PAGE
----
University of Delaware
Rebecca Kern (left) and Allison Rogers are recipients of the 2014 William J. Benton Graduate Student Awards.

Benton Awards

Kern, Rogers named Benton Graduate Student Award recipients


9:15 a.m., June 13, 2014--The University of Delaware’s College of Agriculture and Natural Resources (CANR) has announced that the winners of the 2014 William J. Benton Graduate Student Awards are Rebecca Kern and Allison Rogers.

The awards were established in honor of William J. Benton, former CANR associate dean of research and professor in the Department of Animal and Food Sciences (ANFS).

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Rebecca Kern

Kern is currently pursuing her doctorate in wildlife ecology with her research focusing on the demographics and conservation of saltmarsh and seaside sparrows. 

She has been working under the supervision of Greg Shriver, associate professor in the Department of Entomology and Wildlife Ecology (ENWC), for the past six years, earning her master’s degree at UD before continuing on with her doctoral studies.

“My dissertation research is part of the Saltmarsh Habitat and Avian Research Program (SHARP), a collaboration between seven universities, non-profit groups and state agencies to better understand endemic tidal marsh bird distribution and productivity in the northeastern U.S., as well as improve tidal marsh bird conservation,” said Kern, who added that being part of such a large, collaborative effort has been an extremely beneficial experience. 

Speaking on her research specifically, Kern said, “My research compares the reproductive success of saltmarsh and seaside sparrows, which is crucial knowledge for conservation. It also examines how the species interact with each other and how they’ve adapted to the marsh environment.”

Kern said that Shriver and Jacob Bowman, chair and professor of ENWC, have had a positive impact on her experience as a graduate student while at UD. 

Kern said that Bowman has been instrumental in helping her “approach ecological questions from a rigorous quantitative and statistical viewpoint. He’s taught me the importance of developing both observational and field work skills, as well as analytical abilities.” 

She said that working with Shriver has taught her “the importance of seeing the big picture, working for conservation at the landscape level and seeking out productive collaborations. He’s helped me become a more well-rounded and passionate ecologist in many areas – from teaching to field research.” 

Kern added that receiving the Benton Award was a “a real surprise and a great honor.” 

Allison Rogers

Rogers received her master’s degree from ANFS in May. She said that receiving the Benton Award “feels amazing. It’s really wonderful to be recognized for working hard for your lab group and really just trying to advance the subject that I was working in, which was the impact of the environment on poultry health and growth.”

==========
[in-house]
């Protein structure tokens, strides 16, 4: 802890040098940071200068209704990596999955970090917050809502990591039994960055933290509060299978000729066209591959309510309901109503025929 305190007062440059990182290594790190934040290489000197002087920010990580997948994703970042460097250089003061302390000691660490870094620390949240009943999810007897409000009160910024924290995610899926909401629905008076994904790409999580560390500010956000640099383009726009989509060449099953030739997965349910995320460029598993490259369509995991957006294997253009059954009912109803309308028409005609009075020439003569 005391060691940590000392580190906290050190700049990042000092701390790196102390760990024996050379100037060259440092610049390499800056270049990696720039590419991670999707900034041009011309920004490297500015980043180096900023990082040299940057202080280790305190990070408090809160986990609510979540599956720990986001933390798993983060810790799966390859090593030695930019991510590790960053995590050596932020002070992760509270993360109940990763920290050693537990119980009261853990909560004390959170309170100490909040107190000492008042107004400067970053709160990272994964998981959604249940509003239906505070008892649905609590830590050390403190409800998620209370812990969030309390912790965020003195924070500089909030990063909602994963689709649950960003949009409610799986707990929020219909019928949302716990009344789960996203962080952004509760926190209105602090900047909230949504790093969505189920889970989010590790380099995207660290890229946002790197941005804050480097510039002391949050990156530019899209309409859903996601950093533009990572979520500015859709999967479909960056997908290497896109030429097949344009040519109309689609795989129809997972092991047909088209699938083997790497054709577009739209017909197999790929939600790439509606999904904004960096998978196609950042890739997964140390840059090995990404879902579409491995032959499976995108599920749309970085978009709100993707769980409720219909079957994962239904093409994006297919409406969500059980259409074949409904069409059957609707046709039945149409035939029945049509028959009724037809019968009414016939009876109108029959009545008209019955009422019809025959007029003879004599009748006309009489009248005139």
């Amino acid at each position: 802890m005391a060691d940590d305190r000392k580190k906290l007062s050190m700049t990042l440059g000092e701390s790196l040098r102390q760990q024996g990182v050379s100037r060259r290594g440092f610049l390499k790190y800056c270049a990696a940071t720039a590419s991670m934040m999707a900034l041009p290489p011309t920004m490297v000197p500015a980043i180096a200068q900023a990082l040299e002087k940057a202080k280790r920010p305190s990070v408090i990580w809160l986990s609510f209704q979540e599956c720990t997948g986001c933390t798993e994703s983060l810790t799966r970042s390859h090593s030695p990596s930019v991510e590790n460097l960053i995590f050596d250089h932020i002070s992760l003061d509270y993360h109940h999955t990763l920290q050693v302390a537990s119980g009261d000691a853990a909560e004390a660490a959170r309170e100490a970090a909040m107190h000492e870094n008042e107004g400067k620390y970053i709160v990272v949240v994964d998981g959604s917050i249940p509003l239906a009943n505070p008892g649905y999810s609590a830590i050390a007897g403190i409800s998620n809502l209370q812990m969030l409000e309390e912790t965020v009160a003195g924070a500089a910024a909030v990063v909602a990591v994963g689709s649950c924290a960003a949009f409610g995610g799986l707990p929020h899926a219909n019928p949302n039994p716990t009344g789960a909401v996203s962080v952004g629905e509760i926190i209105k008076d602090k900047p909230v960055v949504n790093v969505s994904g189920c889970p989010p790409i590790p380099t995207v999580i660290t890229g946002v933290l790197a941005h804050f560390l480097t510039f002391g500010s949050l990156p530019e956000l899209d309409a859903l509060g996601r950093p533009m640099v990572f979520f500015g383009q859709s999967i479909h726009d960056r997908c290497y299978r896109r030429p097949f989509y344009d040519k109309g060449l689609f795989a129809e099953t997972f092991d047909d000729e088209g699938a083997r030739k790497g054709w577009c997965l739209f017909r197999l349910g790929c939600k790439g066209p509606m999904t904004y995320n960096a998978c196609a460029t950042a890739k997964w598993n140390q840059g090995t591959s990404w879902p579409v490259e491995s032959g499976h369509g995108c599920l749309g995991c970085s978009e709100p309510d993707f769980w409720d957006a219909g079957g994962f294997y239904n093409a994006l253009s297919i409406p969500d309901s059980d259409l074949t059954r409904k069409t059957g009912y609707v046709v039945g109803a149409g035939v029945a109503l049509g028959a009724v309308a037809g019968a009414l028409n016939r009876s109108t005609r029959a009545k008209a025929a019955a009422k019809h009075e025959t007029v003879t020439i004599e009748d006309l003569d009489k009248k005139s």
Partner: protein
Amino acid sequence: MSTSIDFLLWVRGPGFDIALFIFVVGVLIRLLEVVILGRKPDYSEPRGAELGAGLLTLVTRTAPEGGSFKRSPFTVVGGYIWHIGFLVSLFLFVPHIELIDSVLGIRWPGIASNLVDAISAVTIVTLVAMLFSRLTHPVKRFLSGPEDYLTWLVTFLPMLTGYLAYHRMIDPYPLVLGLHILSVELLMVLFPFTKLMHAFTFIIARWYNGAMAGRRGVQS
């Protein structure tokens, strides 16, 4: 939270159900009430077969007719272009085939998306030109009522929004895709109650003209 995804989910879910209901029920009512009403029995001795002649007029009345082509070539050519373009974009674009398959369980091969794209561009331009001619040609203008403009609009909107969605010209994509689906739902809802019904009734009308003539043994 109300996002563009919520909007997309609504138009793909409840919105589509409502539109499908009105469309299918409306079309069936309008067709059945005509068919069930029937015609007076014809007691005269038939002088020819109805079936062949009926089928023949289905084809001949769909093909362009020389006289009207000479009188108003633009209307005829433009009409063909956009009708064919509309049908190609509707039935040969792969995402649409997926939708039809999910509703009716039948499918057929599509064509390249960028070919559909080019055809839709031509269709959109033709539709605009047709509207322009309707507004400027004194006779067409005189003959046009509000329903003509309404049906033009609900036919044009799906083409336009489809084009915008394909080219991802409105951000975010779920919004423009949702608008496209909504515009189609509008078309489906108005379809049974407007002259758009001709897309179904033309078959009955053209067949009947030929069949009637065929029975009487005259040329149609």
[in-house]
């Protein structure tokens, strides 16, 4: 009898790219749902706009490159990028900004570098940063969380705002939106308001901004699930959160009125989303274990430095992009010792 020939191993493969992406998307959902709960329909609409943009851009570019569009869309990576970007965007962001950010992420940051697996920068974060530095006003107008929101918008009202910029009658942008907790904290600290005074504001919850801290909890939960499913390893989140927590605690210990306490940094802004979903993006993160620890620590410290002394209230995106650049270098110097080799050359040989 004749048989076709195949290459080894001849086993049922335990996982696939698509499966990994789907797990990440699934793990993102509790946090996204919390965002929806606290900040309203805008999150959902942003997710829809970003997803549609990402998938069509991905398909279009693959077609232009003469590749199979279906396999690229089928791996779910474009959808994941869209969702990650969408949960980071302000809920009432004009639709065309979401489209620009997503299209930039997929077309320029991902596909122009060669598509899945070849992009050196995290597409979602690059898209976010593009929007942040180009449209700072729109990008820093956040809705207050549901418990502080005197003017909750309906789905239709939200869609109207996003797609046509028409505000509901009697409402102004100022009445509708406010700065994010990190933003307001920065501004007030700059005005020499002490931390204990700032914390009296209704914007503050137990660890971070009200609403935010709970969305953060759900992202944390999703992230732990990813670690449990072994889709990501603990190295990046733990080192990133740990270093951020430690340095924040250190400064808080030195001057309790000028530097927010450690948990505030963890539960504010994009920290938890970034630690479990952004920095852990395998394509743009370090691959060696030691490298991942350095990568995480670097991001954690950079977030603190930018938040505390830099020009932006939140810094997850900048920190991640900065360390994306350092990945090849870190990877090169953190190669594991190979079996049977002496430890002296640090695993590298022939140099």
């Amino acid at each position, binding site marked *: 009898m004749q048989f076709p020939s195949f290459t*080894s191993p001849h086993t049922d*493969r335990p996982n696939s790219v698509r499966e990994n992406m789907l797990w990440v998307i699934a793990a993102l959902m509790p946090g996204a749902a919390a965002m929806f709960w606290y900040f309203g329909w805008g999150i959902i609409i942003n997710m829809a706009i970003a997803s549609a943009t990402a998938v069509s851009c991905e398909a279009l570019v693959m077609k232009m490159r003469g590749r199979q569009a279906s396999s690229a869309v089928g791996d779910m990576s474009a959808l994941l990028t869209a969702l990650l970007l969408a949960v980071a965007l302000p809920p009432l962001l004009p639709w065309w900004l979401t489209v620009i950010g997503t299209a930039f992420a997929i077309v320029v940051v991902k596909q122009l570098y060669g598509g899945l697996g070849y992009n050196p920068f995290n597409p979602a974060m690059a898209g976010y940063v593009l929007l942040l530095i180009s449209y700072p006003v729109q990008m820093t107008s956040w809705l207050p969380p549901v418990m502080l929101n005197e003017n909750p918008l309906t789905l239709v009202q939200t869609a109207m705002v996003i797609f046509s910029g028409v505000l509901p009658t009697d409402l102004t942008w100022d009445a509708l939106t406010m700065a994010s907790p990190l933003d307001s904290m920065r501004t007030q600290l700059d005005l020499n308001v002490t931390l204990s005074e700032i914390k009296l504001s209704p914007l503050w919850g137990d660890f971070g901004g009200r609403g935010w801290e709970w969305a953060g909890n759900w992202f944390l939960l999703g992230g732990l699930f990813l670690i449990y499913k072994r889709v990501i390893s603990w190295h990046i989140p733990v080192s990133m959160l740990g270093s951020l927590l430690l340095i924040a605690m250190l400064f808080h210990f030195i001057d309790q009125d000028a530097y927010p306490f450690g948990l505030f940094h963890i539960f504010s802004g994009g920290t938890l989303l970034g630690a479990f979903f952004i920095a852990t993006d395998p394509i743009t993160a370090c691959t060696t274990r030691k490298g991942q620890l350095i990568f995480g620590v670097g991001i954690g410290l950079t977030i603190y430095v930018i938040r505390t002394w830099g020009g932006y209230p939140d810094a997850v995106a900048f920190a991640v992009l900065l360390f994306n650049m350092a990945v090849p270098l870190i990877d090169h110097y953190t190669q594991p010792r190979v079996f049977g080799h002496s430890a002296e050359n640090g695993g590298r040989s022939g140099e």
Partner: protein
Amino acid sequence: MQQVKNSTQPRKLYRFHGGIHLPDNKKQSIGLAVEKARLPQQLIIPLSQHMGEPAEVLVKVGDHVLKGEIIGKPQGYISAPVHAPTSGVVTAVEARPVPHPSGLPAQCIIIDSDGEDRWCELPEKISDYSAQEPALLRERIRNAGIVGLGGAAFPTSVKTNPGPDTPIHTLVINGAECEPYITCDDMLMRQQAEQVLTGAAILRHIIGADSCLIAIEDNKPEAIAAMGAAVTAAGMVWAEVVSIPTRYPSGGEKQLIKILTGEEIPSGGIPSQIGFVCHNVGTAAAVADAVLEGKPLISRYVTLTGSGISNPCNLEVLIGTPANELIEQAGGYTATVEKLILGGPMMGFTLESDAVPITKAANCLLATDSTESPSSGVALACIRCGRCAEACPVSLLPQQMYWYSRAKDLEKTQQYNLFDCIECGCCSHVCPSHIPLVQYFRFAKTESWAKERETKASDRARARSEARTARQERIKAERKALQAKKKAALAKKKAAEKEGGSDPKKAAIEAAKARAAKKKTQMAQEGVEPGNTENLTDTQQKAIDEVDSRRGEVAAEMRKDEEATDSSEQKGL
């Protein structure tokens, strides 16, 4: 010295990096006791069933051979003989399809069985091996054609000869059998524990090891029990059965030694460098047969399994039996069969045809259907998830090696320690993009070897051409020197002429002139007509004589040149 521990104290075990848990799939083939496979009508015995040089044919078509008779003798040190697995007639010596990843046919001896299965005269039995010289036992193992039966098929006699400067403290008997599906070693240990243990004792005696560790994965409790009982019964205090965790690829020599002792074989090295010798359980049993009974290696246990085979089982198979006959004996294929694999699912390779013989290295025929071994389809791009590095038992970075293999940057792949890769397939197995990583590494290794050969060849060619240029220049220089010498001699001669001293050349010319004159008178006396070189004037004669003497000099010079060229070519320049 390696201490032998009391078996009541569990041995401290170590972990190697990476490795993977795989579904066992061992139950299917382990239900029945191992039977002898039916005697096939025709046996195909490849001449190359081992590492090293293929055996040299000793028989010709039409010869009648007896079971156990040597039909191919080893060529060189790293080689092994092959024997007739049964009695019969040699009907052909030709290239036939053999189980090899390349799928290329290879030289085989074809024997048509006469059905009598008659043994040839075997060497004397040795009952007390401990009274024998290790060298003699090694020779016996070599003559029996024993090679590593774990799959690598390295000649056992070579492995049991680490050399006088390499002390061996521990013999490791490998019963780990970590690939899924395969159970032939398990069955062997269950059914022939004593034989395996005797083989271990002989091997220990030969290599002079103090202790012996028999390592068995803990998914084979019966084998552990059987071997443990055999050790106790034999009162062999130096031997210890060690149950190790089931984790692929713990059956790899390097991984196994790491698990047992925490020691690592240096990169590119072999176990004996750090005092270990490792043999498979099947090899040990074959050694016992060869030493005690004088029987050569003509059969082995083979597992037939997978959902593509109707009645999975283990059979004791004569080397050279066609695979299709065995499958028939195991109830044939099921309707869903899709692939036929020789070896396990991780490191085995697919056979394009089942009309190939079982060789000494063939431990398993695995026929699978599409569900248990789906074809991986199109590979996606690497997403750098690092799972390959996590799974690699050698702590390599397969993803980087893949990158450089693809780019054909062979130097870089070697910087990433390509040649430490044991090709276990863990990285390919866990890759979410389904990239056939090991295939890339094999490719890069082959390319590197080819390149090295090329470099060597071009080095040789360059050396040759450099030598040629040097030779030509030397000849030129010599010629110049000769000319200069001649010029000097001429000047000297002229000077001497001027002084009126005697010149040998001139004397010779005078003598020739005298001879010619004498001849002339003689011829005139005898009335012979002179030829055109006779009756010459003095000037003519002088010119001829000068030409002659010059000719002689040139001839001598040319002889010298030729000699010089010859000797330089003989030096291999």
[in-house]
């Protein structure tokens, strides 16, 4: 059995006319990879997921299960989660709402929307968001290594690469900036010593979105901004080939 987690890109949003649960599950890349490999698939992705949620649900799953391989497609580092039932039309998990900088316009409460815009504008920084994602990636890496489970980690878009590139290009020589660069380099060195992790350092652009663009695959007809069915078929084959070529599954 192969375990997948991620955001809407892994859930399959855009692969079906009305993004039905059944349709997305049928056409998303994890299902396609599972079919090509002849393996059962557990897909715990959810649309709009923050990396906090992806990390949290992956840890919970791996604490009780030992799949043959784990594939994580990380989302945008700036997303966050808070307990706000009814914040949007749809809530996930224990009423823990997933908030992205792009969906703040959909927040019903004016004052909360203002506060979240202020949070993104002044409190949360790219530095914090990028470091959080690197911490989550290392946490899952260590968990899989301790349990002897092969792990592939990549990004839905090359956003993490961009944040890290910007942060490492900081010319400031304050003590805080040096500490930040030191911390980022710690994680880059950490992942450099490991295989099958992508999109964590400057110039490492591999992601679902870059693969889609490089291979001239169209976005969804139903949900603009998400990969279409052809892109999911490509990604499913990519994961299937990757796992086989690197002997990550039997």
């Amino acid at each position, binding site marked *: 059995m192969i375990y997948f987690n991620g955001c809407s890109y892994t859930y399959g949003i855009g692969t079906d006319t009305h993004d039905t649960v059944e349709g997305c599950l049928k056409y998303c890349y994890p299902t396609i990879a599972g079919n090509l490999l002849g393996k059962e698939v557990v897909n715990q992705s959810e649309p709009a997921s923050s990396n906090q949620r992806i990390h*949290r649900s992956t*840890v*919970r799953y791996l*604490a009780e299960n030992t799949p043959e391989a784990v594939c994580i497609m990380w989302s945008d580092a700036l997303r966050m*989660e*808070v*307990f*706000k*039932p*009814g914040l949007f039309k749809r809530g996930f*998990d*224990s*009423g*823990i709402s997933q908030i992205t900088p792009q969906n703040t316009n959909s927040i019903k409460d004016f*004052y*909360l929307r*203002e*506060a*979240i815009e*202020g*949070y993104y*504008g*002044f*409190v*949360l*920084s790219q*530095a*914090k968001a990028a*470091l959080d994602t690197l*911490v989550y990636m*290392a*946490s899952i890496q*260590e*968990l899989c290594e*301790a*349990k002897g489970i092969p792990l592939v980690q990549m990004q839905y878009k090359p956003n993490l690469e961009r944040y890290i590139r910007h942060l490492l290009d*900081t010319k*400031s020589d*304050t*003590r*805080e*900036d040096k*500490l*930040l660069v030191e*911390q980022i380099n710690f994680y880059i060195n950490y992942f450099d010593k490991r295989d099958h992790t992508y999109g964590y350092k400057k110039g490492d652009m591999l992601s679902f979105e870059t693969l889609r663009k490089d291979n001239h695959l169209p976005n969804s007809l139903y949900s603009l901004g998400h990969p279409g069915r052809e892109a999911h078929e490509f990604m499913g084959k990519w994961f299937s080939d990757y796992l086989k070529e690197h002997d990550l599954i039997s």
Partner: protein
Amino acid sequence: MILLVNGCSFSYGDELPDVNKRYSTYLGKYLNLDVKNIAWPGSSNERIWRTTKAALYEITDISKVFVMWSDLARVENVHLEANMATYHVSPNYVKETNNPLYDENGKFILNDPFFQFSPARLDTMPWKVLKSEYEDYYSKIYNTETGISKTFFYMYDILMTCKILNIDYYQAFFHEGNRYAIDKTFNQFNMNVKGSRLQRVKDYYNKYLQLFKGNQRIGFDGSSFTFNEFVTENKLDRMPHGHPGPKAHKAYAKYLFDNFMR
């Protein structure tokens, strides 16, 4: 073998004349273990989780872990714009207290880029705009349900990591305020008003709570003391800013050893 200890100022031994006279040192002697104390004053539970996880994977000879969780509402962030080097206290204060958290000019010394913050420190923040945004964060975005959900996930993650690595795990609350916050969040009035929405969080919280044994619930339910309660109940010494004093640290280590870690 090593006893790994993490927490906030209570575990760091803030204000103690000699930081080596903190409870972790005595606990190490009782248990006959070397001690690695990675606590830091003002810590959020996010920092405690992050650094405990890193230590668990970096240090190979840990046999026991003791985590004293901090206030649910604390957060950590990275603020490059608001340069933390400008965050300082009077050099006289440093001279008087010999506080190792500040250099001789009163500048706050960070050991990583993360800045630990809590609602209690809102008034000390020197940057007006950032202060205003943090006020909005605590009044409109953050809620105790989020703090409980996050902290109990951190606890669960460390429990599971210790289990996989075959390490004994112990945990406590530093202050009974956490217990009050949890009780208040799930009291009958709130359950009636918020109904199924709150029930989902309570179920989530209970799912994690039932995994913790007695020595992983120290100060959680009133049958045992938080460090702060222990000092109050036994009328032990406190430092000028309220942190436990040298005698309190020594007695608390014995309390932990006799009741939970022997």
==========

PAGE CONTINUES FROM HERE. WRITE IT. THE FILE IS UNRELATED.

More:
During her time at UD, Rogers conducted research on the effect of alternative lighting technologies on broiler chicken growth and welfare in terms of stress. Rogers and her group looked at how newer, more energy-efficient lighting technologies — such as light-emitting diode (LED) lights or cold-cathode fluorescent lamps (CCFL) — impacted broiler chickens. 

“The industry standard is incandescent lights and so with broiler producers wanting to implement a higher efficiency light, they wanted to see if there were any adverse effects. We monitored the birds’ growth as well as their stress by measuring different white blood cell counts within their bloodstream throughout the course of the study,” said Rogers. 

Rogers said it turned out that the birds seemed to do best under incandescent lights but also did very well under LED technologies. The group’s next step will be to investigate why they saw the changes in growth and chronic stress in the birds under different lighting technologies. 

As far as singling out individuals to thank, Rogers said that it was difficult, as the entire department has been instrumental in helping her during her six years — four as an undergraduate and two as a master’s degree student — at UD. 

“I’ve found there have been so many people in the department that you can just walk up to and ask questions,” Rogers said. “I’ve talked to almost the whole department. It has been awesome to get to know everyone on a different level as a graduate student than I got to as an undergrad, and I’ve really loved it. It’s been a lot of fun.” 

In particular, Rogers singled out Eric Benson, Bob Alphin, Erin Brannick, Carl Schmidt, Robert Dyer, Marlene Emara, Mark Parcells and Behnam Abasht as faculty in ANFS who have helped her along the way. 

Article by Adam Thomas

Photo by Danielle Quigley

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